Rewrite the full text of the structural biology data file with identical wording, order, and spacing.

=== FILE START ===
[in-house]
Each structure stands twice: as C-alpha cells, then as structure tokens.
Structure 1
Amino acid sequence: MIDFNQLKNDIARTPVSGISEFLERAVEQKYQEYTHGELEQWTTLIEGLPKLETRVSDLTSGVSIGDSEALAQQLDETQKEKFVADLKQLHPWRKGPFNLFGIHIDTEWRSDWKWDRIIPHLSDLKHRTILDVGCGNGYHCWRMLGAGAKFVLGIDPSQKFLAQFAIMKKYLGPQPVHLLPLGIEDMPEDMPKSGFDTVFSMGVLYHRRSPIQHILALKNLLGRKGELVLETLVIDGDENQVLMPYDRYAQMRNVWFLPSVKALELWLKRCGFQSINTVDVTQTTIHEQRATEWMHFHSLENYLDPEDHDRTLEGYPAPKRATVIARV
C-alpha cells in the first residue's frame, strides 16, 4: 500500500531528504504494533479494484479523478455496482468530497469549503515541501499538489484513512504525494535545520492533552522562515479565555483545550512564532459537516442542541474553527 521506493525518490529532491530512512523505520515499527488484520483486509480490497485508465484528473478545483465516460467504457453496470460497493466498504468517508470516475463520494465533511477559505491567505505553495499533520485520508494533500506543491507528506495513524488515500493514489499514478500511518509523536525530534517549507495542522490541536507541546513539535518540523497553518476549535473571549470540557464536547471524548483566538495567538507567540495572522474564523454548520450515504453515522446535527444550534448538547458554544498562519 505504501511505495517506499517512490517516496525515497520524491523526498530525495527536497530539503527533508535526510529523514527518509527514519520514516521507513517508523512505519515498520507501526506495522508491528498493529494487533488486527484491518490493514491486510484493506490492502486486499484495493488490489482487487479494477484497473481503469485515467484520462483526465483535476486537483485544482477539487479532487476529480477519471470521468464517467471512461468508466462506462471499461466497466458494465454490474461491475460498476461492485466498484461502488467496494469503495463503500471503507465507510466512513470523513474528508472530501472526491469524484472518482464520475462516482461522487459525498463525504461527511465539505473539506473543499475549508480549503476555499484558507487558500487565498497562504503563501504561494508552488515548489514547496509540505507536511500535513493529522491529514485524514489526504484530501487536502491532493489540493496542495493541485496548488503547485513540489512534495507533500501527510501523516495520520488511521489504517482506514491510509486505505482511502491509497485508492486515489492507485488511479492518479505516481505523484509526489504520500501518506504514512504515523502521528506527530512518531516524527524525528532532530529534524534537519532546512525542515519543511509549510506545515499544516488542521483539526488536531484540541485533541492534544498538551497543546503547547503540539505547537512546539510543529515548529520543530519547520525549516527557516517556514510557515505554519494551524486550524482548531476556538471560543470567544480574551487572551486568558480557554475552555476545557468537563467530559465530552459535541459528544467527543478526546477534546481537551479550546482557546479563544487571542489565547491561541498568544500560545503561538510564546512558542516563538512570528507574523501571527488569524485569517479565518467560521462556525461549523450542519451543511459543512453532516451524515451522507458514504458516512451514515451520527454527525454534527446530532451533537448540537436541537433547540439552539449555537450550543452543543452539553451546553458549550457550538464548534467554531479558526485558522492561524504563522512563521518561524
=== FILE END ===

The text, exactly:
[in-house]
Each structure stands twice: as C-alpha cells, then as structure tokens.
Structure 1
Amino acid sequence: MIDFNQLKNDIARTPVSGISEFLERAVEQKYQEYTHGELEQWTTLIEGLPKLETRVSDLTSGVSIGDSEALAQQLDETQKEKFVADLKQLHPWRKGPFNLFGIHIDTEWRSDWKWDRIIPHLSDLKHRTILDVGCGNGYHCWRMLGAGAKFVLGIDPSQKFLAQFAIMKKYLGPQPVHLLPLGIEDMPEDMPKSGFDTVFSMGVLYHRRSPIQHILALKNLLGRKGELVLETLVIDGDENQVLMPYDRYAQMRNVWFLPSVKALELWLKRCGFQSINTVDVTQTTIHEQRATEWMHFHSLENYLDPEDHDRTLEGYPAPKRATVIARV
C-alpha cells in the first residue's frame, strides 16, 4: 500500500531528504504494533479494484479523478455496482468530497469549503515541501499538489484513512504525494535545520492533552522562515479565555483545550512564532459537516442542541474553527 521506493525518490529532491530512512523505520515499527488484520483486509480490497485508465484528473478545483465516460467504457453496470460497493466498504468517508470516475463520494465533511477559505491567505505553495499533520485520508494533500506543491507528506495513524488515500493514489499514478500511518509523536525530534517549507495542522490541536507541546513539535518540523497553518476549535473571549470540557464536547471524548483566538495567538507567540495572522474564523454548520450515504453515522446535527444550534448538547458554544498562519 505504501511505495517506499517512490517516496525515497520524491523526498530525495527536497530539503527533508535526510529523514527518509527514519520514516521507513517508523512505519515498520507501526506495522508491528498493529494487533488486527484491518490493514491486510484493506490492502486486499484495493488490489482487487479494477484497473481503469485515467484520462483526465483535476486537483485544482477539487479532487476529480477519471470521468464517467471512461468508466462506462471499461466497466458494465454490474461491475460498476461492485466498484461502488467496494469503495463503500471503507465507510466512513470523513474528508472530501472526491469524484472518482464520475462516482461522487459525498463525504461527511465539505473539506473543499475549508480549503476555499484558507487558500487565498497562504503563501504561494508552488515548489514547496509540505507536511500535513493529522491529514485524514489526504484530501487536502491532493489540493496542495493541485496548488503547485513540489512534495507533500501527510501523516495520520488511521489504517482506514491510509486505505482511502491509497485508492486515489492507485488511479492518479505516481505523484509526489504520500501518506504514512504515523502521528506527530512518531516524527524525528532532530529534524534537519532546512525542515519543511509549510506545515499544516488542521483539526488536531484540541485533541492534544498538551497543546503547547503540539505547537512546539510543529515548529520543530519547520525549516527557516517556514510557515505554519494551524486550524482548531476556538471560543470567544480574551487572551486568558480557554475552555476545557468537563467530559465530552459535541459528544467527543478526546477534546481537551479550546482557546479563544487571542489565547491561541498568544500560545503561538510564546512558542516563538512570528507574523501571527488569524485569517479565518467560521462556525461549523450542519451543511459543512453532516451524515451522507458514504458516512451514515451520527454527525454534527446530532451533537448540537436541537433547540439552539449555537450550543452543543452539553451546553458549550457550538464548534467554531479558526485558522492561524504563522512563521518561524